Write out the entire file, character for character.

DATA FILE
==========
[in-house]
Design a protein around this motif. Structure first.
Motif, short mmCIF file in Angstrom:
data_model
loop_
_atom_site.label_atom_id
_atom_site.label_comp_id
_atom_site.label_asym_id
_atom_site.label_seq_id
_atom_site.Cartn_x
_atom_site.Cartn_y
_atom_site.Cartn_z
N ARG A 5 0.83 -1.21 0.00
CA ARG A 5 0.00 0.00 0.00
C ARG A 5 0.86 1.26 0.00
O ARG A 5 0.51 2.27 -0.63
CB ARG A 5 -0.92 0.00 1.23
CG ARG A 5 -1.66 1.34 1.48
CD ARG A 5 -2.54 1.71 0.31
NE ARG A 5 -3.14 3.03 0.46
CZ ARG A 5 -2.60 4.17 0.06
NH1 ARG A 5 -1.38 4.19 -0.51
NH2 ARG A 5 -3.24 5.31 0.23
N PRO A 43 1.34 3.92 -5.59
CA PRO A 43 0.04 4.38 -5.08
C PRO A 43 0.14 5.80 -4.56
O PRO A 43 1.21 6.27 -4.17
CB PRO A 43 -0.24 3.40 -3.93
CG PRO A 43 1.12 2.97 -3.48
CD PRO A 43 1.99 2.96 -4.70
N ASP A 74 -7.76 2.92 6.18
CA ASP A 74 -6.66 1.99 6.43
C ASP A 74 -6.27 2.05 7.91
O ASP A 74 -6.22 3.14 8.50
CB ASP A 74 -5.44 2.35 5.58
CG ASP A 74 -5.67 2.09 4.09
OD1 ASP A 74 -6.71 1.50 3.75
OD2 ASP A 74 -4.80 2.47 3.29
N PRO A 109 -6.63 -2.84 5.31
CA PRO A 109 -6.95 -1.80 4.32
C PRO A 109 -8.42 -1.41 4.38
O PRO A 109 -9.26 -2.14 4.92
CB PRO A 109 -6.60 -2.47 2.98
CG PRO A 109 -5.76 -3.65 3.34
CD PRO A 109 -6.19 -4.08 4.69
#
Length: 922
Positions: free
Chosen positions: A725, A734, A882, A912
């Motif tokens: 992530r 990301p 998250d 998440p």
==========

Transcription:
[in-house]
Design a protein around this motif. Structure first.
Motif, short mmCIF file in Angstrom:
data_model
loop_
_atom_site.label_atom_id
_atom_site.label_comp_id
_atom_site.label_asym_id
_atom_site.label_seq_id
_atom_site.Cartn_x
_atom_site.Cartn_y
_atom_site.Cartn_z
N ARG A 5 0.83 -1.21 0.00
CA ARG A 5 0.00 0.00 0.00
C ARG A 5 0.86 1.26 0.00
O ARG A 5 0.51 2.27 -0.63
CB ARG A 5 -0.92 0.00 1.23
CG ARG A 5 -1.66 1.34 1.48
CD ARG A 5 -2.54 1.71 0.31
NE ARG A 5 -3.14 3.03 0.46
CZ ARG A 5 -2.60 4.17 0.06
NH1 ARG A 5 -1.38 4.19 -0.51
NH2 ARG A 5 -3.24 5.31 0.23
N PRO A 43 1.34 3.92 -5.59
CA PRO A 43 0.04 4.38 -5.08
C PRO A 43 0.14 5.80 -4.56
O PRO A 43 1.21 6.27 -4.17
CB PRO A 43 -0.24 3.40 -3.93
CG PRO A 43 1.12 2.97 -3.48
CD PRO A 43 1.99 2.96 -4.70
N ASP A 74 -7.76 2.92 6.18
CA ASP A 74 -6.66 1.99 6.43
C ASP A 74 -6.27 2.05 7.91
O ASP A 74 -6.22 3.14 8.50
CB ASP A 74 -5.44 2.35 5.58
CG ASP A 74 -5.67 2.09 4.09
OD1 ASP A 74 -6.71 1.50 3.75
OD2 ASP A 74 -4.80 2.47 3.29
N PRO A 109 -6.63 -2.84 5.31
CA PRO A 109 -6.95 -1.80 4.32
C PRO A 109 -8.42 -1.41 4.38
O PRO A 109 -9.26 -2.14 4.92
CB PRO A 109 -6.60 -2.47 2.98
CG PRO A 109 -5.76 -3.65 3.34
CD PRO A 109 -6.19 -4.08 4.69
#
Length: 922
Positions: free
Chosen positions: A725, A734, A882, A912
């Motif tokens: 992530r 990301p 998250d 998440p």